Yes, You Have To Write a Game Plot Summary; and Yes, It Has To Be Good

Some days we discuss high-level theory. Some days we get our hands dirty with realities of the business. If you’re working on an overall story document for your team’s game and you’re not sure how to approach it, here’s some advice.

No one likes writing plot summaries. If you have a story that can support a game–a story designed for a multi-hour, interactive experience–of course it’ll be painful to reduce it to a handful of pages. On top of that, a plot summary needs to be engaging to read, be clear and thorough enough not to logically fall apart on examination (so no handwaving how protagonists get from Point A to Point B), and–for most plot summaries in the video game world–contain enough meat to allow artists, cinematic designers, level designers, and so forth to intelligently respond with their own concerns and plans. Continue reading

Coming Up For Air

I haven’t been posting much lately. That will come as no surprise to anyone who’s seen the dates on my last several entries. The good news is, I haven’t been posting because I’ve been exceedingly busy. The bad news is, I can’t talk much about what I’ve actually been doing; I’ve been writing for several video games (yes, for companies you’ve heard of) and consulting on several others, but none of the particulars are ready to be announced.

One thing I can announce, however, is my first novel: Star Wars: Battlefront: Twilight Company was unveiled at the Star Wars Celebration convention and is scheduled for release by Del Rey in November 2015. Continue reading

Why It Worked: Saints Row IV and Living Exuberantly

A well-written comedy can get away with just about anything so long as it’s funny. Paper-thin plots, characters that vacillate between personalities, and a dearth of thematic meat are by no means a requirement of comedy writing, but they’re easily excused when the jokes are genuinely funny and the delivery is strong. For this reason, it’s easy to overlook when a comedy gets its fundamentals right–when its essential narrative building blocks are sturdy and cleverly deployed in ways applicable to any genre.

Saints Row IV WallpaperImage purloined from the official site.

Saints Row IV is clearly comedic, but its narrative also succeeds in ways rarely seen in modern big-budget games. It builds its emotional stakes, Player engagement, and yes, quite a few jokes on a fundamentally joyful core.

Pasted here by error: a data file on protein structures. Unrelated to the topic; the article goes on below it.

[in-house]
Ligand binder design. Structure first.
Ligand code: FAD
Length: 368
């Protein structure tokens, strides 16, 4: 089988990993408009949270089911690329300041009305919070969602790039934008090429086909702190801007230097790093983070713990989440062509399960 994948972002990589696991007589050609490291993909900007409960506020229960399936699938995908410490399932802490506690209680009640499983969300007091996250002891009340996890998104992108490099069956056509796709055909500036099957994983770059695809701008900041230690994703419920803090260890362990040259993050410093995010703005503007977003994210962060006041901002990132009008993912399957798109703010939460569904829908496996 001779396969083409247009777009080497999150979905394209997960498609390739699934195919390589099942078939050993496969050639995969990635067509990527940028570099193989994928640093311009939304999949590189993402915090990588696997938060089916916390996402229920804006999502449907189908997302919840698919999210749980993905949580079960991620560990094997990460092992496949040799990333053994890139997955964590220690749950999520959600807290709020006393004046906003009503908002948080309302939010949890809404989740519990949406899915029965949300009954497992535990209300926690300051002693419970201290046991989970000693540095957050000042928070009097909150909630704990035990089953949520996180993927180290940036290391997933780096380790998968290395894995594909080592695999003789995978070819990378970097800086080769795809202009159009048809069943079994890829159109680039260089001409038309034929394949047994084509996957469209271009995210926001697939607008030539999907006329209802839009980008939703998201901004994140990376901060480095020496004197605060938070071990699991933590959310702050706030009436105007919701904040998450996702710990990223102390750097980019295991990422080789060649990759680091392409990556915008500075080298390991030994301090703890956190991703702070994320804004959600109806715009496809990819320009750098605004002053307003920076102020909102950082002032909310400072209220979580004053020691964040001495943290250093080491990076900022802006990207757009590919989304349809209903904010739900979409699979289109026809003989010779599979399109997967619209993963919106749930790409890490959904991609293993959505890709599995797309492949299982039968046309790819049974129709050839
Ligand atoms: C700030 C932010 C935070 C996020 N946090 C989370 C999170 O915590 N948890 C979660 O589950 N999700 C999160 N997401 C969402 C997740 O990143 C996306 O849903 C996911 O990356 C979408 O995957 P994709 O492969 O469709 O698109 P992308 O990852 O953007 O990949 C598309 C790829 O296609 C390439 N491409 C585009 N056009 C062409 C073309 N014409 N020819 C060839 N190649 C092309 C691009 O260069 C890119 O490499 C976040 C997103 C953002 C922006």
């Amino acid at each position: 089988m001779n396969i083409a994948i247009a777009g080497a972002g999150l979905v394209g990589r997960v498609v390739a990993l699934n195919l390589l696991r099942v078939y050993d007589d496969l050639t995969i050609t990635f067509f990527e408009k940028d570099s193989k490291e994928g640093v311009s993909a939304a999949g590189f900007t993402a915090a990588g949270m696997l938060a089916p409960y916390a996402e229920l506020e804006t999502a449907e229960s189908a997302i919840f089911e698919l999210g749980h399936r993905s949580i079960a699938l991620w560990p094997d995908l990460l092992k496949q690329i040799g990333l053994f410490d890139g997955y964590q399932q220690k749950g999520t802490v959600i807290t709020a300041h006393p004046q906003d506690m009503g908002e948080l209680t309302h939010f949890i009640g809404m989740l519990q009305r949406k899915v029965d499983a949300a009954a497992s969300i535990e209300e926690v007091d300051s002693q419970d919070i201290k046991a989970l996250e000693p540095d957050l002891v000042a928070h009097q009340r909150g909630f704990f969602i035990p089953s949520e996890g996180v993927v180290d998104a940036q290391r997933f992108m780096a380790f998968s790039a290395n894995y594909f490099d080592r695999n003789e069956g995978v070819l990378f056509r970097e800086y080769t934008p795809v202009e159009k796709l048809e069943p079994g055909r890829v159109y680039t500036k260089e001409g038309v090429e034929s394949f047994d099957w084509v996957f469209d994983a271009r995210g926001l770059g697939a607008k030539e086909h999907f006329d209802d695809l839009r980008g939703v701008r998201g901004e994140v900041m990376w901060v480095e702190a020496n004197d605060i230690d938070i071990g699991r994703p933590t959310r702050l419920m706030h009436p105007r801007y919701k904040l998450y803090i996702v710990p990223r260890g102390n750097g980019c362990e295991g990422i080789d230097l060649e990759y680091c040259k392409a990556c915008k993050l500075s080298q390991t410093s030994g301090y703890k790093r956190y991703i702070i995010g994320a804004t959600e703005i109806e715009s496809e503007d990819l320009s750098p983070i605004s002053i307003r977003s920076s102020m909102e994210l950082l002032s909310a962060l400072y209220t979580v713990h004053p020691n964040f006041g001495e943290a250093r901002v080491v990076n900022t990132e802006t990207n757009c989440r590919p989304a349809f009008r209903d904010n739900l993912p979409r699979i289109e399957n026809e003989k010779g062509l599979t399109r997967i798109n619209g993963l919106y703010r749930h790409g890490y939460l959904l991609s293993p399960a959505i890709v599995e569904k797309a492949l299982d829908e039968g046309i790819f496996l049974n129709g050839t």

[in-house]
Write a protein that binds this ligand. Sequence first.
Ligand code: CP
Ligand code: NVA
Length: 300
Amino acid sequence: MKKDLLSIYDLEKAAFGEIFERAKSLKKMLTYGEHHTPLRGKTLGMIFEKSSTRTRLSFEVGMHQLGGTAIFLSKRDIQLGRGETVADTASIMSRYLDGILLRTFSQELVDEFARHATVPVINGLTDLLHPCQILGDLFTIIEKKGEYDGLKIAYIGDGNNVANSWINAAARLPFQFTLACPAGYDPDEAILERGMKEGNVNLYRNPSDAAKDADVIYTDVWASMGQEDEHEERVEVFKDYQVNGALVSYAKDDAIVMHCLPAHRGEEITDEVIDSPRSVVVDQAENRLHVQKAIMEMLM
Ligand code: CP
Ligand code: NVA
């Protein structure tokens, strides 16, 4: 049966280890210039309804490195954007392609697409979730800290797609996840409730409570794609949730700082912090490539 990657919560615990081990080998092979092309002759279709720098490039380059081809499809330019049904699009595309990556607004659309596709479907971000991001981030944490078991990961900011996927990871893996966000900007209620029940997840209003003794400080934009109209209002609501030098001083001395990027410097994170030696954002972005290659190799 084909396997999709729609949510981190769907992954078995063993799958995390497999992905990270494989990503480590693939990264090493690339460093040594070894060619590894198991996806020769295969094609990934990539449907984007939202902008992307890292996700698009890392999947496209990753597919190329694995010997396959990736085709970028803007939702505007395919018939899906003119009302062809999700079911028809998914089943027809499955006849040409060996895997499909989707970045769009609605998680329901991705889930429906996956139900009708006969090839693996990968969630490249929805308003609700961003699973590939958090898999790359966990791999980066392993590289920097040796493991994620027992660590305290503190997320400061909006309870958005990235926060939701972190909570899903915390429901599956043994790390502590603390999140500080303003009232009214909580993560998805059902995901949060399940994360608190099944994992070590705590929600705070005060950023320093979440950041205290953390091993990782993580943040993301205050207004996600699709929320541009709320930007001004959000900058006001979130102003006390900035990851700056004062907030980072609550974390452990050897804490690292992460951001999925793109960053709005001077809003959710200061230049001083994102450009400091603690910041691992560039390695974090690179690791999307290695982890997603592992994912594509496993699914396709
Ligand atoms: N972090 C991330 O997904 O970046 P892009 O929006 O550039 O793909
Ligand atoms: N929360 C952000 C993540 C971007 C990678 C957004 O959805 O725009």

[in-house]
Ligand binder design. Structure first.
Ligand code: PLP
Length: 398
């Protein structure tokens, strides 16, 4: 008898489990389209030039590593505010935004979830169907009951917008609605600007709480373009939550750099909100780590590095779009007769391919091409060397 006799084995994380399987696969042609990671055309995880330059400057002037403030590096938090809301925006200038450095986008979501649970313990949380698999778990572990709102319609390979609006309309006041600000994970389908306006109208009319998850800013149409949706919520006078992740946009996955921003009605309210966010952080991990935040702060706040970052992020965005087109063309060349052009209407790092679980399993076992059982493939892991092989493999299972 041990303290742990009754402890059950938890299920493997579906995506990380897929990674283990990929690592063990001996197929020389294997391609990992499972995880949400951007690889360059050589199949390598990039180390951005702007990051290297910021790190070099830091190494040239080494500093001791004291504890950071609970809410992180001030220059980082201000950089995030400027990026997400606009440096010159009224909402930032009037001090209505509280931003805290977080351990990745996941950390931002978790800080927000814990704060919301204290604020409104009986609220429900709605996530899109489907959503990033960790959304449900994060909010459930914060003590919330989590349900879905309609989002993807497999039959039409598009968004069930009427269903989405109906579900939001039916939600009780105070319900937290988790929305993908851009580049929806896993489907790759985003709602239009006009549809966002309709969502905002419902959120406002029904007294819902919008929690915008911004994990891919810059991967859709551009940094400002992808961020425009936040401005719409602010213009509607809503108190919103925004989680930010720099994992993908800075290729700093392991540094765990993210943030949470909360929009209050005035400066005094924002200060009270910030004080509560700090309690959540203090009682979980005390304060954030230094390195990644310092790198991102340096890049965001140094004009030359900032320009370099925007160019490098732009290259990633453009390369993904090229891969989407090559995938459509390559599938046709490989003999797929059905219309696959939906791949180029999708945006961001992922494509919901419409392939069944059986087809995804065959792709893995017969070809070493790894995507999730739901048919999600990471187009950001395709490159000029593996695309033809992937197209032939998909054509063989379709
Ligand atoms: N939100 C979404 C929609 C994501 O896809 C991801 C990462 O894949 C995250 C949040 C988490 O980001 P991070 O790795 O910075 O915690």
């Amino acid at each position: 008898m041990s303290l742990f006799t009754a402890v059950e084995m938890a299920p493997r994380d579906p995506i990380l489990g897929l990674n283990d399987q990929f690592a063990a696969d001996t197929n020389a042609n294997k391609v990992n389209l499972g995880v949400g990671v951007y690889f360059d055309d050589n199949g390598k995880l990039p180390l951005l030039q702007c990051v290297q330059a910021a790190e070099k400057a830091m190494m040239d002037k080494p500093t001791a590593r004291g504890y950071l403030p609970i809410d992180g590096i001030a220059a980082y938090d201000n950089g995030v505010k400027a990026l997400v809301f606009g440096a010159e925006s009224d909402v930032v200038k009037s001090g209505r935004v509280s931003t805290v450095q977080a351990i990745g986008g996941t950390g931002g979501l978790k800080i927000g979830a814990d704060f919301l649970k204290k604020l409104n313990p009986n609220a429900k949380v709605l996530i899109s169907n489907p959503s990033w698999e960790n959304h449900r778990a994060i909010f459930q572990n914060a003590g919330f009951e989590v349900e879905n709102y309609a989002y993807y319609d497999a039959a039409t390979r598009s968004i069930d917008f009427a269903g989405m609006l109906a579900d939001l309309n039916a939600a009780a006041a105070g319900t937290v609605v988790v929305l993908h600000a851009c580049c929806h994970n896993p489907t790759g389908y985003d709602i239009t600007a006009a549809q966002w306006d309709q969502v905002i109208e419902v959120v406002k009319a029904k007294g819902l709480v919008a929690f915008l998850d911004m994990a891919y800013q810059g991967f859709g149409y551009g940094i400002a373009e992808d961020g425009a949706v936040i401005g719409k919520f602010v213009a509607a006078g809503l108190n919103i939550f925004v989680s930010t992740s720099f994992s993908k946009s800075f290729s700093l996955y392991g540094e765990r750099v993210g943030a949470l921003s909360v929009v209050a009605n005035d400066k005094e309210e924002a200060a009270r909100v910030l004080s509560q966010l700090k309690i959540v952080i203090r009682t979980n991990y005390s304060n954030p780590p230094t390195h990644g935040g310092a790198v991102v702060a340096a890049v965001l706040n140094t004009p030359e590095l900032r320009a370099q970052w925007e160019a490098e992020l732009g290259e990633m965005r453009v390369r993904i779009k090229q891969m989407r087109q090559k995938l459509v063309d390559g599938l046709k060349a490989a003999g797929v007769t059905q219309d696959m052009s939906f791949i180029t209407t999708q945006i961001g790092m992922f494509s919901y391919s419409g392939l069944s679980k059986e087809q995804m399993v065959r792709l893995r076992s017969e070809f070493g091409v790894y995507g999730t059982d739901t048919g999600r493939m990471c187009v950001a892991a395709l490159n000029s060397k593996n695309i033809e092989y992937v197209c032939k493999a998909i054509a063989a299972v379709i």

Let’s talk about why it works. Continue reading

Every Game Is Its Own Medium

In traditional media–films, television, novels, comics, etc.–a creator usually assumes a level of familiarity with his medium of choice on the part of the audience. As a filmmaker, you know your viewers expect a movie to run around two hours. That helps you pace your scenes, as the audience will have an instinctive sense of how far through the story is. If your protagonist appears to die ten minutes into the movie, you know your viewers will be wondering “how will she survive?” and “when will she come back?” rather than sitting confused, trying to figure out if the film is over already.

Similarly, a novelist needn’t worry about readers assuming each page is a self-contained unit, as if it were a scene in a play. Basic literacy comes with a knowledge of the existence of section and chapter breaks. Novels may vary dramatically in length, form, and viewpoint, but certain fundamentals remain the same. Continue reading

Branching Conversation Systems and the Working Writer, Part 5: Arts and Craft

This is the fifth part in a multi-part series on branching conversation systems (crossposted at Gamasutra.com). See the Introduction for context.

Last time, we went over high-level principles you should keep in mind when constructing a branching conversation scene. This time, we’re going to talk specifics–ideas to apply on a line-by-line level. Think of this as a toolbox, with specialized tools to be used in the correct circumstances. Continue reading